A flock of flying saucers

THE PENGUIN BOOK OF MODERN FANTASY BY WOMEN ed. A Susan Williams & Richard Glyn Jones Viking pounds 17
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The Independent Culture
What is it that women most desire? Handsome, noble Sir Gawain was stumped by the question. Only when he promised to marry the hideous crone he met in the forest did he receive his answer, an answer that still rings down the centuries. What women most desire is mastery over men, and boy are we still fighting for it, even - or especially - in our dreams.

At the beginning of this chronological collection is a ghost story. Written in 1941, "The Demon Lover" is a small, perfect thriller by that most elegant and discreet writer, Elizabeth Bowen. Her heroine, the weary, respectable, middle-aged Mrs Drover, is visiting her bombed London house when she discovers a message from her dead lover. It reminds her of an unfulfilled tryst she made with him many years ago, before he was killed on the Western Front. From that moment, there will be no escape for her: she is destined to be his victim.

Mrs Drover's "most normal expression was not of controlled worry, but of assent". By 1989, heroines neither worry nor accept their fate. Suzy McKee Charnas's protagonist is a teenager teased by the crass boys in her class about her new, embarrassingly large chest. Her gruesome revenge is to use the onset of her menstrual cycle for a monthly transformation. She becomes a wolf when the moon is full and tears out her tormentor's throat, having first practised on a neighbour's terrier.

There is more gore in this book than most of us would care to fantasize over. The unwary are stabbed, impaled or blown up. Hideous diseases abound. In Octavia Butler's "The Evening and the Morning and the Night", only gifted women can cure "Duryea-Gode" disease - why does she call it that? Could it be an anagram of o dread guy? - anyway, sufferers dig out and gobble up bits of themselves. In "Murder, 1986", P D James invents a similarly self-cannibalising race called the Ipdics, though her story has, as we might expect, a neatly-coiled twist in its tail. These Ipdics are aliens, as are the creatures from Parsaea and Iskar, the Crots and the even less appealing Subcrots. When all this ET nomenclature gets too much, it is a joy to discover Muriel Spark's "Miss Pinkerton's Apocalypse", which turns on the origin of a surreal flying saucer: ''It is not radio-active,'' says Miss Pinkerton firmly. "It is Spode'' - but it proves, in fact, to be Royal Worcester.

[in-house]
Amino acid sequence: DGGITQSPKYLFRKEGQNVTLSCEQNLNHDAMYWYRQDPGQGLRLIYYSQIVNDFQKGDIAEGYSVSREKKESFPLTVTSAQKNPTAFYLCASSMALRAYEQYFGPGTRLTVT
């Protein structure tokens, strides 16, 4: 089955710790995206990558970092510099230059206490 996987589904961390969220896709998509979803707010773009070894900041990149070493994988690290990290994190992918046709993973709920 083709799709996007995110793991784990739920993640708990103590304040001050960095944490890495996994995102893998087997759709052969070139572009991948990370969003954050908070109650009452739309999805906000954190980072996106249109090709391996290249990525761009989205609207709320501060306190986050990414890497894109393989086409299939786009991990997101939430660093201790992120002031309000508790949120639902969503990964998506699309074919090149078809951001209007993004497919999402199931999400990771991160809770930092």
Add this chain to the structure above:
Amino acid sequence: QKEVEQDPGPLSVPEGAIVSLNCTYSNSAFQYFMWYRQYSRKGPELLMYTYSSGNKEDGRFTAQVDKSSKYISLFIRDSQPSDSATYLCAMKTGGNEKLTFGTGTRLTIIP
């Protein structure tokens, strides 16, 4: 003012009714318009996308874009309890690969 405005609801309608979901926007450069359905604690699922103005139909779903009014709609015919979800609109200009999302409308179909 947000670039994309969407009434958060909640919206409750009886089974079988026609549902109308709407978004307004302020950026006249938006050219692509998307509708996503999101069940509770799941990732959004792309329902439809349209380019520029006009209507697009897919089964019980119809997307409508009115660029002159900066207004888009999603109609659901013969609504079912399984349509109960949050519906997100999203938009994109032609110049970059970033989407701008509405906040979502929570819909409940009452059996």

The future looks dangerous to fantasists. These writers imagine a fearsome world of routine cryogenics, though the weedy man who does the melting in Zoe Fairbairns' "Relics" would have been well-advised to leave Greenham Common Woman frozen. Meanwhile, back in the outer universe, colonising Americans have turned the indigenous triple-breasted lesbian inhabitants of a newly conquered planet into suburban replicas of Doris Day. The women in Lisa Tuttle's "Wives" stage a minor revolution, but it fails and red- necked Jack stays home happy. "Three tits and the best coffee in the universe," he says. "It kind of makes the whole war-thing worthwhile."

Two of the best stories are bogus historical documents. Joyce Carol Oates's "Night-Side" purports to be the journal of an observer at increasingly creepy Victorian seances, and in "Sur", Ursula K Le Guin produces a triumphant fantasy about a group of female explorers who beat Scott and Amundsen to the South Pole. This one inadvertently offered a good argument for using such a vast and varied book only for occasional dipping. The reviewer, dizzy with devouring all 38 fantasies at a sitting, reels back, questioning the very nature of reality, and the enormous volume tumbles to the ground. As she imagines Le Guin's jolly girls knocking back the Veuve Cliquot on their ice-floes, surrounded by those comical little headwaiter birds of Antarctica, she notices the book's full title. Is anything to be trusted any more? Can this huge hardback really be a Penguin?